This last point gets at a more fundamental question: what does the term independence mean, and how does it relate to the concept of sovereignty? The mainstream movement has presented independence as the solution to all of Catalonia’s problems while leaving the concept empty of concrete content. In fact, official independentism, both in its neoliberal and center-left forms, could produce independence without real sovereignty in a state that is formally independent but remains subaltern to the European Union, favorable to international trade agreements like the TTIP and to policies that serve multinationals.
The Catalan left must insist on sovereignty with all its national, social, economic, and health dimensions, not to mention its relationship to notions of democracy and solidarity against reactionary nationalism. Put another way, the Left must figure out how to link a proposal for political change with a proposal for another social, economic, and institutional model, to go beyond the change without change that mainstream independence embodies.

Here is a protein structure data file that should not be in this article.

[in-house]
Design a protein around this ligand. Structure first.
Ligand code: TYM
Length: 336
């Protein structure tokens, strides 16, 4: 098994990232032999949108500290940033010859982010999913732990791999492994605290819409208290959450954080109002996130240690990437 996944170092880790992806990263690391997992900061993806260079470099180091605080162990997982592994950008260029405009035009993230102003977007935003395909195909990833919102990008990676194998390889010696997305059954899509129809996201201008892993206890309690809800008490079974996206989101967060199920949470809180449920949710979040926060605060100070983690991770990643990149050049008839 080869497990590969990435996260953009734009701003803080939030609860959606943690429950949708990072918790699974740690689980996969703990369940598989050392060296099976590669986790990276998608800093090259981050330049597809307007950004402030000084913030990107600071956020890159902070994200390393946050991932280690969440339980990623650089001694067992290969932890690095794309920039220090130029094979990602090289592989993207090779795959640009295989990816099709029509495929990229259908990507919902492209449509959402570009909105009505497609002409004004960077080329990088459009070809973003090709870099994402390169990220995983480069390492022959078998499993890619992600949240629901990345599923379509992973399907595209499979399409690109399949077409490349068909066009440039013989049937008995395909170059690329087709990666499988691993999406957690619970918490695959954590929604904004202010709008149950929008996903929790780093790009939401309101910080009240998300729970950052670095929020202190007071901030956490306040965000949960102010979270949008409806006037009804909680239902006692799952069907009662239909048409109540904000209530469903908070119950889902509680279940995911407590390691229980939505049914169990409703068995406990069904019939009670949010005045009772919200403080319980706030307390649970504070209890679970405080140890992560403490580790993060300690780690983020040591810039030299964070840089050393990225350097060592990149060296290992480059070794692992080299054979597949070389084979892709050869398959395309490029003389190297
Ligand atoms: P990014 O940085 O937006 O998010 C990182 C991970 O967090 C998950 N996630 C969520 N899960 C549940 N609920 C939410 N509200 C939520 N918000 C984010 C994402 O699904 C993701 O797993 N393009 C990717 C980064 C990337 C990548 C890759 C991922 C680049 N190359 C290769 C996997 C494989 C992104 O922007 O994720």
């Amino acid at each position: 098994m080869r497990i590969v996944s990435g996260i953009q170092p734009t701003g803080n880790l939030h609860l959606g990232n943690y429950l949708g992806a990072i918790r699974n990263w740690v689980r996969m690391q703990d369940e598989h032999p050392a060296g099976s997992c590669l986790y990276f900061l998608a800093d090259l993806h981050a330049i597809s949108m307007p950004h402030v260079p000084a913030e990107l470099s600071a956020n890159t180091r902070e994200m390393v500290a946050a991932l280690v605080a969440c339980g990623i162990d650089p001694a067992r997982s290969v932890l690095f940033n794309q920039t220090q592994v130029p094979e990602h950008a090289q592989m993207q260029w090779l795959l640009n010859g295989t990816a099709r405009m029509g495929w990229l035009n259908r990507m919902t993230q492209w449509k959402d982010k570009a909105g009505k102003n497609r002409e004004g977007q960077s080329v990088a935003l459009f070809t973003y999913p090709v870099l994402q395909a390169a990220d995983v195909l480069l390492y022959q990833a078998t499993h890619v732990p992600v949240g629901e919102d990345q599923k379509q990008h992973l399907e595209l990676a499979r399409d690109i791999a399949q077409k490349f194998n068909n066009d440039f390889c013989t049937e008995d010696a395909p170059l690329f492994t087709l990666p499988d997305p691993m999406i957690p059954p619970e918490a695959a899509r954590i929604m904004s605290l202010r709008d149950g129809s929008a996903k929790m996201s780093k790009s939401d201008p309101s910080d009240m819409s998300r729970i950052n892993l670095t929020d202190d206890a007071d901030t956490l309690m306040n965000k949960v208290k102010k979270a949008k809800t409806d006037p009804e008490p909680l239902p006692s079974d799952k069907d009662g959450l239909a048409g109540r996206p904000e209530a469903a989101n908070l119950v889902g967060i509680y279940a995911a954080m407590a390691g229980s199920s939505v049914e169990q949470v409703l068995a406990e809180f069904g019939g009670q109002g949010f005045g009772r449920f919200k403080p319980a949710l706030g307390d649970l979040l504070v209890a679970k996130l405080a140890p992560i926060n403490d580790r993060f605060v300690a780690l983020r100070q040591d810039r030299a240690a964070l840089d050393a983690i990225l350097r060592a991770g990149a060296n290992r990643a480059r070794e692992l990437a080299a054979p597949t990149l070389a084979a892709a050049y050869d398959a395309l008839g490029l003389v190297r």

Those on the Left, both in Catalonia and the Spanish state, who have remained opposed to or outside the independence movement have often pointed out, with more or less authority, the process’s innumerable contradictions. The most notorious of all, of course, remains the presence of a neoliberal party at the head of the Catalan government, a defender of a strict policy of social cuts that never used to support independence. I have already pointed out some limits of the Catalan political process — in terms of the social base and the contending forces.
But the constant insistence on the process’s contradictions reflects an excessively scholastic attitude toward social reality itself and unfortunately often appears in many Left analyses of phenomena that fall outside their authors’ predetermined schemas.